The final three chapters engage three more prominent genres of violent entertainments: melodramas, serial novels, and early crime reporting. In Chapter Four, Crone follows her earlier arguments by asserting that the “blood-stained stage” of the popular melodrama both helped foster community in its audience and “act[ed] as a form of cultural assertion against the establishment, not about politics, but on a far more unifying level, about the content and role of popular culture” (125). Turning, in Chapter Five, from the stage to the “penny bloods” of the 1830s to 1860s—a genre that, like the scaffold culture she examines in Chapter Two, enjoyed a complex relationship with melodramatic theater—she explores the equally radical and conservative uses of bloody serial fiction in the mid-nineteenth century. While scholars of popular serial fiction might take exception to Crone’s claim that “to read one penny blood is to read them all”, few would quarrel with her assessment that, like melodramas and sensational broadsides, this genre provided an “outlet for the expression and celebration of disorder” (172, 196). The final case study, on “the rise of modern crime reporting”, traces how the sensational entertainment of violent crime reportage was formative for both popular news entertainment sheets like the police gazettes and Lloyd’s Weekly Newspaper and for “serious” newspapers such as The Times alike (209, 228).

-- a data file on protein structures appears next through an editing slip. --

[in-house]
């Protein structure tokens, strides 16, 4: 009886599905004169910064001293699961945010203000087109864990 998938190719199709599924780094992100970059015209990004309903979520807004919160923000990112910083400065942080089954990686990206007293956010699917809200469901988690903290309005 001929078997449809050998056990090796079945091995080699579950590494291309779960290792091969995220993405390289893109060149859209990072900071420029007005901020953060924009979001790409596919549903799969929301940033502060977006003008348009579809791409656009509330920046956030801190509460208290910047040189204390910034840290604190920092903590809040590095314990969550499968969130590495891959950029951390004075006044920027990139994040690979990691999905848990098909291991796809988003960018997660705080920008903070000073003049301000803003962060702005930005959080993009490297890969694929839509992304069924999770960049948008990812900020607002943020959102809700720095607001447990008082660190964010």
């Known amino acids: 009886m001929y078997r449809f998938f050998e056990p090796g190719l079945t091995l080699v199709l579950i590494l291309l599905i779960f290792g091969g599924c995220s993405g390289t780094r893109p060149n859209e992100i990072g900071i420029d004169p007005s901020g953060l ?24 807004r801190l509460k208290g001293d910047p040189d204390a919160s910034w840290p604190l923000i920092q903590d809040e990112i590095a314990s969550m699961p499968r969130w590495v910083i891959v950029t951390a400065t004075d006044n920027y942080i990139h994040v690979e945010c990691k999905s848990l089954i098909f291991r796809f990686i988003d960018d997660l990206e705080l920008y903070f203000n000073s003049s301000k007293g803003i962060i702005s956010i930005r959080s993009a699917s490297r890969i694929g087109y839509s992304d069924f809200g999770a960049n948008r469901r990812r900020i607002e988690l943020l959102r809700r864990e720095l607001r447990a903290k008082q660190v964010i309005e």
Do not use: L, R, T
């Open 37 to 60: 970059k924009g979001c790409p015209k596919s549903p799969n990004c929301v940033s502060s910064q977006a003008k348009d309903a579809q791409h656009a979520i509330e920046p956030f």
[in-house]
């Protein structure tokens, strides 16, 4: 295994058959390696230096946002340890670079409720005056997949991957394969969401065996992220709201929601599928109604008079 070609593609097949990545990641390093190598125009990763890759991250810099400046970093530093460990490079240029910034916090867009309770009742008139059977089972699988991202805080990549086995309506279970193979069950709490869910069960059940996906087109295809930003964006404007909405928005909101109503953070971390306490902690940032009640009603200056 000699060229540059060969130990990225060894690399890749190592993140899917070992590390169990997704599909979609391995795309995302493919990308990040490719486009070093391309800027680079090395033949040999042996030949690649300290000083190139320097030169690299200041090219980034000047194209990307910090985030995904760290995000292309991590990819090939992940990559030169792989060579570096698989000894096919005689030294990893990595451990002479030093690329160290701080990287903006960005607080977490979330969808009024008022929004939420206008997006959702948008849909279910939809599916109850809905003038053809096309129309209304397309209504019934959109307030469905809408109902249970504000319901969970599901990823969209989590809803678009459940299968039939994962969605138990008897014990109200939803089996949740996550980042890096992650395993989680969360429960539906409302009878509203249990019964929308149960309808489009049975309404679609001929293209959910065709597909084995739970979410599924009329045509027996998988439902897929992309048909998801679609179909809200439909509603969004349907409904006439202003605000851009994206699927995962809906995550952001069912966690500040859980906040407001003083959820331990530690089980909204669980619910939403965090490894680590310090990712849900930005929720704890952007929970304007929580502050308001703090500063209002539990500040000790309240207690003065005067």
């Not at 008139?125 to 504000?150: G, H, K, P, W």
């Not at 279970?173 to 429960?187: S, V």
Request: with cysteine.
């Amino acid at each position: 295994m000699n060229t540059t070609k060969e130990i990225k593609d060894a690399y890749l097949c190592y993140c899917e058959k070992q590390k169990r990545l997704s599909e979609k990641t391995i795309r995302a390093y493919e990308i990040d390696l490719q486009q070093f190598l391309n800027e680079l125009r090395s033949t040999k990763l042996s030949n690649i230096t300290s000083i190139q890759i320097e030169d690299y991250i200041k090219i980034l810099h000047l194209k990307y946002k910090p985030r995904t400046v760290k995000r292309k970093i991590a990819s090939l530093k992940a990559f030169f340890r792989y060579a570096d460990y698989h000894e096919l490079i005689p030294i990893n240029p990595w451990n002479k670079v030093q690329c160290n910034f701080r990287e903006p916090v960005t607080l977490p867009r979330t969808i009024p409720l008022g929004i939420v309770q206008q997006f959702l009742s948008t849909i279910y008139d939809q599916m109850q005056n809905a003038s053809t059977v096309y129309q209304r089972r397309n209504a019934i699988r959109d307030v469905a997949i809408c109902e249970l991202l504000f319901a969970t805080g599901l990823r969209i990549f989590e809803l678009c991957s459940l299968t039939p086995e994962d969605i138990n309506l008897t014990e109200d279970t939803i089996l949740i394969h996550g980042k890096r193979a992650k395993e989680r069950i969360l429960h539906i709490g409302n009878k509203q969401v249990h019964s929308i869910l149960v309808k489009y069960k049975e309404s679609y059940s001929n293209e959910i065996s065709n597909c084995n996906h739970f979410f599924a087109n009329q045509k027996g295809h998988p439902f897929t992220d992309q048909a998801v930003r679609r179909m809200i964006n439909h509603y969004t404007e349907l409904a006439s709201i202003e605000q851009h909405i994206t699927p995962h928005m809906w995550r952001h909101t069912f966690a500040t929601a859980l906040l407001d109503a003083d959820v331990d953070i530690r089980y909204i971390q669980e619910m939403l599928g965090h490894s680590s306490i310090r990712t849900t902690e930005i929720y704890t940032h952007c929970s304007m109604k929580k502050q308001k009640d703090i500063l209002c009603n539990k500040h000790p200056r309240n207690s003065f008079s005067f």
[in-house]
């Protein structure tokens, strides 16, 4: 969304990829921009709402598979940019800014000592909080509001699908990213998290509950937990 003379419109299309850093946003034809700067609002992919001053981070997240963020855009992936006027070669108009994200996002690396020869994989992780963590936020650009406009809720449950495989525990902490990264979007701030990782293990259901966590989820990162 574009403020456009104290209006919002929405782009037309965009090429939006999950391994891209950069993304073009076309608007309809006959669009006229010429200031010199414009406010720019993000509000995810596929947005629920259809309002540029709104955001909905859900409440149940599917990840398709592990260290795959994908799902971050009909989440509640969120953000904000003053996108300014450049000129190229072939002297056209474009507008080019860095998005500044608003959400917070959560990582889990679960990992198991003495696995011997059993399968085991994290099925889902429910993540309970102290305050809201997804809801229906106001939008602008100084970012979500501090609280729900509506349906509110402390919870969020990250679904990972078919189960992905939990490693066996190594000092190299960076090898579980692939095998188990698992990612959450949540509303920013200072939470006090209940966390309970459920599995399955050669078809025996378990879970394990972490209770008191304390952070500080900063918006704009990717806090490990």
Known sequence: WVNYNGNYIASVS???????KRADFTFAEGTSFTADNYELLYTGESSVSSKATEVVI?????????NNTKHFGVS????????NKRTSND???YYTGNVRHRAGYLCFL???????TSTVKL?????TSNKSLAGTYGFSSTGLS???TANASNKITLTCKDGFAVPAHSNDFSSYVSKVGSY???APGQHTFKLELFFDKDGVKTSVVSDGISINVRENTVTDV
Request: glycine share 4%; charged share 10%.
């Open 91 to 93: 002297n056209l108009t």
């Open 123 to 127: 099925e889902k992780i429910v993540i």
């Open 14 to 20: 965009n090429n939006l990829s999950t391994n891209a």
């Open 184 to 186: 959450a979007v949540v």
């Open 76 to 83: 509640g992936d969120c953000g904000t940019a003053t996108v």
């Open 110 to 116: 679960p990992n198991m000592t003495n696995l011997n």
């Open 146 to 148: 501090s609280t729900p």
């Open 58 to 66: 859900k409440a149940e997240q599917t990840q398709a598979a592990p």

In these abundant ways, Violent Victorians presents us with a compelling catalogue of the complex pleasures of the “graphic portrayal of bloodshed” (146). This study is a timely reminder that violence and “civilization” have never been antithetical processes: rather, violence, like Sweeny Todd and the other current entertainments she mentions in her epilogue (Saw 3D; Call of Duty, Black Ops), remains a vibrant cultural presence, persisting hand-in-hand with “progress”. The lurid details Crone collects and excavates, along with her book’s open-ended invitation to continue to consider the significances of these powerful, violent representations, will make Violent Victorians an important resource for scholars across such disciplines as history, cultural studies, literary studies, theatre studies, and media studies.
Sara Hackenberg teaches literature at San Francisco State University. She has published articles on 19th-century popular visual culture and on sensational serials by Louisa May Alcott, Charles Dickens, G.W.M. Reynolds, and James Malcolm Rymer, and is currently working on a book-length study of modern narrative mystery.